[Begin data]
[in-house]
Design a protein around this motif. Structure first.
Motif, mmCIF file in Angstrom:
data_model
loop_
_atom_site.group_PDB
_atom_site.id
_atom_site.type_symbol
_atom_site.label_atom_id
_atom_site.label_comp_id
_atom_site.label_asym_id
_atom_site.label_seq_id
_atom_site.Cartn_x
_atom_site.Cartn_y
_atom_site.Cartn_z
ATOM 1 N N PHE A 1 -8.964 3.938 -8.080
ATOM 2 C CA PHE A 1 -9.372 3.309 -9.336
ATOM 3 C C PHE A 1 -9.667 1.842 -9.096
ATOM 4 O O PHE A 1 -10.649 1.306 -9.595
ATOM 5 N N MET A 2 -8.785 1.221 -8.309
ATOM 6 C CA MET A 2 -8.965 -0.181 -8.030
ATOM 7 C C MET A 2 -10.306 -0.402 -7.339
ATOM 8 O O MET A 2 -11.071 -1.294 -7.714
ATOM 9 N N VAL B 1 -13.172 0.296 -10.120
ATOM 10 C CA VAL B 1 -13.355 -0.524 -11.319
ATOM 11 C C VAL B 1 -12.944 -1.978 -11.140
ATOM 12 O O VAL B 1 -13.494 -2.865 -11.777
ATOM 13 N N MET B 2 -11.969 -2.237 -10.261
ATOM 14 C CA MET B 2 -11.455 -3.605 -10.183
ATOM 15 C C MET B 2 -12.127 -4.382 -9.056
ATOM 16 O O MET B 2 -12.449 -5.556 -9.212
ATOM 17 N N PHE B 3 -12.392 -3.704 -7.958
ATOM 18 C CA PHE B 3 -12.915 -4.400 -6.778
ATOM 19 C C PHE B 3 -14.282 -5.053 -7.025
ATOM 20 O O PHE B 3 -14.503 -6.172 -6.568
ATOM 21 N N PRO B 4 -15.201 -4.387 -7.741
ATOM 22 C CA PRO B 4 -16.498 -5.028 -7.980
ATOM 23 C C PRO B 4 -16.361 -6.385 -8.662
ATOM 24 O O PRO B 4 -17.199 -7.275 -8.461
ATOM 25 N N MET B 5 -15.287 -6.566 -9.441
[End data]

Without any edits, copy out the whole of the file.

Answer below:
[in-house]
Design a protein around this motif. Structure first.
Motif, mmCIF file in Angstrom:
data_model
loop_
_atom_site.group_PDB
_atom_site.id
_atom_site.type_symbol
_atom_site.label_atom_id
_atom_site.label_comp_id
_atom_site.label_asym_id
_atom_site.label_seq_id
_atom_site.Cartn_x
_atom_site.Cartn_y
_atom_site.Cartn_z
ATOM 1 N N PHE A 1 -8.964 3.938 -8.080
ATOM 2 C CA PHE A 1 -9.372 3.309 -9.336
ATOM 3 C C PHE A 1 -9.667 1.842 -9.096
ATOM 4 O O PHE A 1 -10.649 1.306 -9.595
ATOM 5 N N MET A 2 -8.785 1.221 -8.309
ATOM 6 C CA MET A 2 -8.965 -0.181 -8.030
ATOM 7 C C MET A 2 -10.306 -0.402 -7.339
ATOM 8 O O MET A 2 -11.071 -1.294 -7.714
ATOM 9 N N VAL B 1 -13.172 0.296 -10.120
ATOM 10 C CA VAL B 1 -13.355 -0.524 -11.319
ATOM 11 C C VAL B 1 -12.944 -1.978 -11.140
ATOM 12 O O VAL B 1 -13.494 -2.865 -11.777
ATOM 13 N N MET B 2 -11.969 -2.237 -10.261
ATOM 14 C CA MET B 2 -11.455 -3.605 -10.183
ATOM 15 C C MET B 2 -12.127 -4.382 -9.056
ATOM 16 O O MET B 2 -12.449 -5.556 -9.212
ATOM 17 N N PHE B 3 -12.392 -3.704 -7.958
ATOM 18 C CA PHE B 3 -12.915 -4.400 -6.778
ATOM 19 C C PHE B 3 -14.282 -5.053 -7.025
ATOM 20 O O PHE B 3 -14.503 -6.172 -6.568
ATOM 21 N N PRO B 4 -15.201 -4.387 -7.741
ATOM 22 C CA PRO B 4 -16.498 -5.028 -7.980
ATOM 23 C C PRO B 4 -16.361 -6.385 -8.662
ATOM 24 O O PRO B 4 -17.199 -7.275 -8.461
ATOM 25 N N MET B 5 -15.287 -6.566 -9.441